The term is more and more prominent in left political conversation. It’s helpful because, for one thing, it disarms what’s become a centrist line of attack against socialists: that we’re too white; we don’t think about diversity; we’re all Bernie Bros, etc. If you critique racial capitalism instead of just capitalism you can parry that move, which is more important than ever now that centrist Democrats are in charge of the federal government.
Lots of socialists disagree with this though and sometimes identify with a position called ‘left populism’ or ‘class first’. They think the ‘masses’ of working class, everyday people would actually support socialist politics, as long as we don’t center talk about race and ‘culture war’ or ‘identitarian’ stuff.
Doing so is too divisive, they might say. It won’t resonate with the white working class, and other fractions of the working class that don’t go in for identity politics. They might be conservative on racial equality, but support Medicare for All—so why push a line focusing on race?
Plus anti-oppression discourse been co-opted by neoliberals to make sure that it doesn’t challenge capital. So these socialists prefer not to say racial capitalism.
Politically, the question comes down to who you think socialists should try to organize and what you think will resonate with them. Frankly, I haven’t seen either approach work very well in the last six years. But now that centrists are in the driver’s seat, they’re our main obstacle—so ‘racial capitalism’ makes more sense as a line.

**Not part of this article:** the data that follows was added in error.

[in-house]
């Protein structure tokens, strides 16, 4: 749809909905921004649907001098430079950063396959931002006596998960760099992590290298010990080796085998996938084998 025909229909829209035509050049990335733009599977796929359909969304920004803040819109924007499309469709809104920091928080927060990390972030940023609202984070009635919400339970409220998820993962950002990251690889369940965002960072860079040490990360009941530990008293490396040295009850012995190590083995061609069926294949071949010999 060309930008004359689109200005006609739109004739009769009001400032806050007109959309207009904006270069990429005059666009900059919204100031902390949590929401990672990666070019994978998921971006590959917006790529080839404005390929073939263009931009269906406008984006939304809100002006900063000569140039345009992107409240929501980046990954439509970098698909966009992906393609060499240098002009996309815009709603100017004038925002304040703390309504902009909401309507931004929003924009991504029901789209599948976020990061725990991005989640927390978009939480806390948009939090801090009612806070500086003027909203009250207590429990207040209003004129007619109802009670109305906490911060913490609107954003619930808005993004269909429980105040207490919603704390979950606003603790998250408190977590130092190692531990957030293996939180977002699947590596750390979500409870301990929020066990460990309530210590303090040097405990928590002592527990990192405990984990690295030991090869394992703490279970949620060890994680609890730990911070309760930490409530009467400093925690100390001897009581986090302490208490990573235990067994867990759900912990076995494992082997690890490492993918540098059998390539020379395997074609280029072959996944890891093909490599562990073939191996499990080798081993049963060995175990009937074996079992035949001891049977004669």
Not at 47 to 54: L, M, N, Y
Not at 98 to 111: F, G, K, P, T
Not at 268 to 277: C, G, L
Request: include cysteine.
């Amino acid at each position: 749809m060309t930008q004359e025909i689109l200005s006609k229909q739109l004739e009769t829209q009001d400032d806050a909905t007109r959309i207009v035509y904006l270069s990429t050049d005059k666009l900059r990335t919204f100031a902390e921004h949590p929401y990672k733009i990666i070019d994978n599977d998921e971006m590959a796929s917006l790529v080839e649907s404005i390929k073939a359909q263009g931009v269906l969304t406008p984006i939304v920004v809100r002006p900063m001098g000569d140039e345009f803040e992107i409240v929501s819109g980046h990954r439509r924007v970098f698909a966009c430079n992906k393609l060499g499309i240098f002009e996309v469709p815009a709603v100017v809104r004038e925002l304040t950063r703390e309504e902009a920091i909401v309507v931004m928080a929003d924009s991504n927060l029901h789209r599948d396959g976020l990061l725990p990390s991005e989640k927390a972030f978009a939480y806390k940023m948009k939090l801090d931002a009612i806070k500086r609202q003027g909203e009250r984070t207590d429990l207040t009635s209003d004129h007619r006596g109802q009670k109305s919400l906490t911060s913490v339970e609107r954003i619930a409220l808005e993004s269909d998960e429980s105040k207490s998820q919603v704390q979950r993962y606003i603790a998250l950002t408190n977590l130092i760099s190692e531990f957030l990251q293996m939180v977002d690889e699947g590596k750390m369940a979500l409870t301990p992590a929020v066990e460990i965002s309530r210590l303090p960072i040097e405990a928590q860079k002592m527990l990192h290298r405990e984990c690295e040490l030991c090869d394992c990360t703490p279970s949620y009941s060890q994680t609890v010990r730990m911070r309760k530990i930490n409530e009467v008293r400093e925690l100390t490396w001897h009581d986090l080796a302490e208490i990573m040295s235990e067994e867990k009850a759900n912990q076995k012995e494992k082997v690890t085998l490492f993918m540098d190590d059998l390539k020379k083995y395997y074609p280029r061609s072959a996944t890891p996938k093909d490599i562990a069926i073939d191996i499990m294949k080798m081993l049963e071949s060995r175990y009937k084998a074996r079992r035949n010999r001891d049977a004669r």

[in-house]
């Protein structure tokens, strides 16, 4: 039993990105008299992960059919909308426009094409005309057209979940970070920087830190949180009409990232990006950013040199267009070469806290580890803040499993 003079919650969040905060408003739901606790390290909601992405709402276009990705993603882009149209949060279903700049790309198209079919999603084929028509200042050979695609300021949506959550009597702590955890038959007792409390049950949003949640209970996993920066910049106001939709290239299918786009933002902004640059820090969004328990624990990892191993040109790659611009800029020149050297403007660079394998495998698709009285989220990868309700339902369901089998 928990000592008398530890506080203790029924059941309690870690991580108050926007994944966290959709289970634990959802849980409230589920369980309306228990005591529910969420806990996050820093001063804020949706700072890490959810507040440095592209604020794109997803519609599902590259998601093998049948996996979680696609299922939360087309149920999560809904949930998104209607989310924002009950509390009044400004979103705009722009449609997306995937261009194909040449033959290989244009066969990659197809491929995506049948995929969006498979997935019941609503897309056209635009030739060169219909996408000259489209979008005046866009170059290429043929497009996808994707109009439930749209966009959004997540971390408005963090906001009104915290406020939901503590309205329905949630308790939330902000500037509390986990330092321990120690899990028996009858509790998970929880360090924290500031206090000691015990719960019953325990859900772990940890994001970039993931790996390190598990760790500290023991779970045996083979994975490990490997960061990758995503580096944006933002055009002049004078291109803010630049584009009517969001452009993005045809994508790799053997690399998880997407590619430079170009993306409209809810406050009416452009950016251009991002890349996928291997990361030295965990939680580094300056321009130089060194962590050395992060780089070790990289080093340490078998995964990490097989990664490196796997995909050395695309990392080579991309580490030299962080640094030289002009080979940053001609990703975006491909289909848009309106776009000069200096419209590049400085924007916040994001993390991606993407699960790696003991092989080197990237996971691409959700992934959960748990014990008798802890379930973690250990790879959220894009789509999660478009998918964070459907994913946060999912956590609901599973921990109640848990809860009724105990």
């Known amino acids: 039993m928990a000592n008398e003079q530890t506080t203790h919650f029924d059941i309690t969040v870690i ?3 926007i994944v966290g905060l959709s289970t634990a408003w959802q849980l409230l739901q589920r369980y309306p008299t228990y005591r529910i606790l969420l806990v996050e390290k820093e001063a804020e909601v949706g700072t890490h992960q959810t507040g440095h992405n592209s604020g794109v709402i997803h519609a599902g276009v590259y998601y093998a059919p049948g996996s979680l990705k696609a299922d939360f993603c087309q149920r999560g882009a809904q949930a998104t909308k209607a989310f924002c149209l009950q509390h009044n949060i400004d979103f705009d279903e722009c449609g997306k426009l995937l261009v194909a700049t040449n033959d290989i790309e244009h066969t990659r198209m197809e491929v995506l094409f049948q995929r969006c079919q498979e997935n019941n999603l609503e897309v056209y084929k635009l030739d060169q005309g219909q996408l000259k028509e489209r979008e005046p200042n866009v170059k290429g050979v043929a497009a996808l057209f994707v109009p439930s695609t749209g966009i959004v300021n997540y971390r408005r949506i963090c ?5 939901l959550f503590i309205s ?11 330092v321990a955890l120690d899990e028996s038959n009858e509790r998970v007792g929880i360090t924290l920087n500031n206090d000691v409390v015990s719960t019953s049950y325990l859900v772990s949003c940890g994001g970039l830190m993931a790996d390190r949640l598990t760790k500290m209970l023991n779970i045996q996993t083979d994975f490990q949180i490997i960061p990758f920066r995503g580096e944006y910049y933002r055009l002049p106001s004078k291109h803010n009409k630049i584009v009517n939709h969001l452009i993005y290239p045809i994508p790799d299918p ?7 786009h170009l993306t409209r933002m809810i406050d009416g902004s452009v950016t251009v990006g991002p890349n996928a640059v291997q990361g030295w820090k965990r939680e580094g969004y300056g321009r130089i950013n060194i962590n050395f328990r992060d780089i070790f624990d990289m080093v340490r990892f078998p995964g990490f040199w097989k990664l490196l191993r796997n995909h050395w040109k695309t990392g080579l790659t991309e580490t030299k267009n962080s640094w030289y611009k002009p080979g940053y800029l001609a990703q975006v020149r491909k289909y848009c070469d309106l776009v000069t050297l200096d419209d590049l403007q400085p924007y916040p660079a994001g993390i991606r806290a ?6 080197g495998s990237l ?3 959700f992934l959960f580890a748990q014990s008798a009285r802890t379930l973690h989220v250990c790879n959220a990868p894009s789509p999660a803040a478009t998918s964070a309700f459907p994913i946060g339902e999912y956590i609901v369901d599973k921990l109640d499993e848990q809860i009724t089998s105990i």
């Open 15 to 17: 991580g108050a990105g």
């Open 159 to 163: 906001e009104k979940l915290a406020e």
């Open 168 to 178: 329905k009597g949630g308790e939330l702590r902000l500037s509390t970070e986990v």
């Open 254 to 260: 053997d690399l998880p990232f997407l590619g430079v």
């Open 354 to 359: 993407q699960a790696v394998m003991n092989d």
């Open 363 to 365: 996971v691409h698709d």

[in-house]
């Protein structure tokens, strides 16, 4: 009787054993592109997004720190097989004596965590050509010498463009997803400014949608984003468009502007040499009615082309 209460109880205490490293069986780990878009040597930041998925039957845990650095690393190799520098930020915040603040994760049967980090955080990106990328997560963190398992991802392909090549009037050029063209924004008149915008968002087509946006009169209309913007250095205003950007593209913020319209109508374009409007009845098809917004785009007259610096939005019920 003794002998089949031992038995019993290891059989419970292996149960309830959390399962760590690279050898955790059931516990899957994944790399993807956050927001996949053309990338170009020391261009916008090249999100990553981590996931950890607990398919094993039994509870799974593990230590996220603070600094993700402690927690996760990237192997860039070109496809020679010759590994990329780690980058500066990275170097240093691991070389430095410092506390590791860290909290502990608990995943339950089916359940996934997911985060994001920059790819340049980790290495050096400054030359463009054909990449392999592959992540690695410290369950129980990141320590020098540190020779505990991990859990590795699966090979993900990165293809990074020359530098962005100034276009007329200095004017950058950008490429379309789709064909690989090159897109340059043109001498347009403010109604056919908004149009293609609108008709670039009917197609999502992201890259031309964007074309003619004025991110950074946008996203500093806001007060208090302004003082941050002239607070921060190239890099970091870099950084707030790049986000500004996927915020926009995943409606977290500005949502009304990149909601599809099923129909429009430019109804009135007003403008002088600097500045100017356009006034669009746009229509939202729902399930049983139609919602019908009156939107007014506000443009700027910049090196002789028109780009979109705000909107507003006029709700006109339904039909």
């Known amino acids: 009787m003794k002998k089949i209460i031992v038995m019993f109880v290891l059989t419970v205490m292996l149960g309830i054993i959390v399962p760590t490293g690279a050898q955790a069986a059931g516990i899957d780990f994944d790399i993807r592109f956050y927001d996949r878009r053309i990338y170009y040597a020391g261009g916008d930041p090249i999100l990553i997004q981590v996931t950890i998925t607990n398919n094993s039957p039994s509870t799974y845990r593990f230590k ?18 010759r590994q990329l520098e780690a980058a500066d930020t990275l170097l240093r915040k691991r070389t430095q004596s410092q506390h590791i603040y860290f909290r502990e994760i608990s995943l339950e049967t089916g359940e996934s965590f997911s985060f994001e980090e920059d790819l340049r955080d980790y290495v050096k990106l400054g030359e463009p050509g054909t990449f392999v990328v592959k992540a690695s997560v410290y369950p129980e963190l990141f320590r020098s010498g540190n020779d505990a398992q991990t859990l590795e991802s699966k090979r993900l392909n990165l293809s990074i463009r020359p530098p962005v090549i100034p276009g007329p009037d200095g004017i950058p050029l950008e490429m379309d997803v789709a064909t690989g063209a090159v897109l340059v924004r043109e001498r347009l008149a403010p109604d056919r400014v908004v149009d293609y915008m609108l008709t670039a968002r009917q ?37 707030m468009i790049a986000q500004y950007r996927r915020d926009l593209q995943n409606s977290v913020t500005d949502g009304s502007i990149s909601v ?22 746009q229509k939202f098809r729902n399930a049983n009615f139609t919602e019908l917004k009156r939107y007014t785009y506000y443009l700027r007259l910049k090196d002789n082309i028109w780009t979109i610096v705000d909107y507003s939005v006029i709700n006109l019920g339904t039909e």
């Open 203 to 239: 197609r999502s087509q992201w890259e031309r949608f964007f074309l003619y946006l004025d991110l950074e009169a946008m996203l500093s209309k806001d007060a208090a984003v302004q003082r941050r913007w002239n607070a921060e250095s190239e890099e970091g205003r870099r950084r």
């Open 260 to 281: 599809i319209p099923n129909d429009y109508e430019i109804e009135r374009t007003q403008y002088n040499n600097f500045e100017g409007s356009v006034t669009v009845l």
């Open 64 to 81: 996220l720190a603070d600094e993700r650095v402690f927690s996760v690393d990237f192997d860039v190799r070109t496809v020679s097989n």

Philosophically, the story is a little different for me. I take a position more in line with Stuart Hall than Cedric Robinson. Hall was adamant that nothing’s really essential about capitalism except the fact that there are no guarantees. It just so happens there’s a very strong articulation between racial hierarchy and exploitation in capitalist societies throughout history. (This position also says that race is a mode of production connected to capitalism, rather than some kind of cultural plug-in, which is different than Robinson maybe—as always, I have to read more.)
I think this is a difference of kind but not degree. We get to the same conclusions with Hall’s theory, but with different philosophical underpinnings (again, so far as I understand).
So when I say the school district is the cell structure of US racial capitalism, I’m thinking more of that strong articulation than an essential connection. But the articulation is so strong I think think it makes sense to say ‘racial capitalism’, particularly given the political situation I just laid out.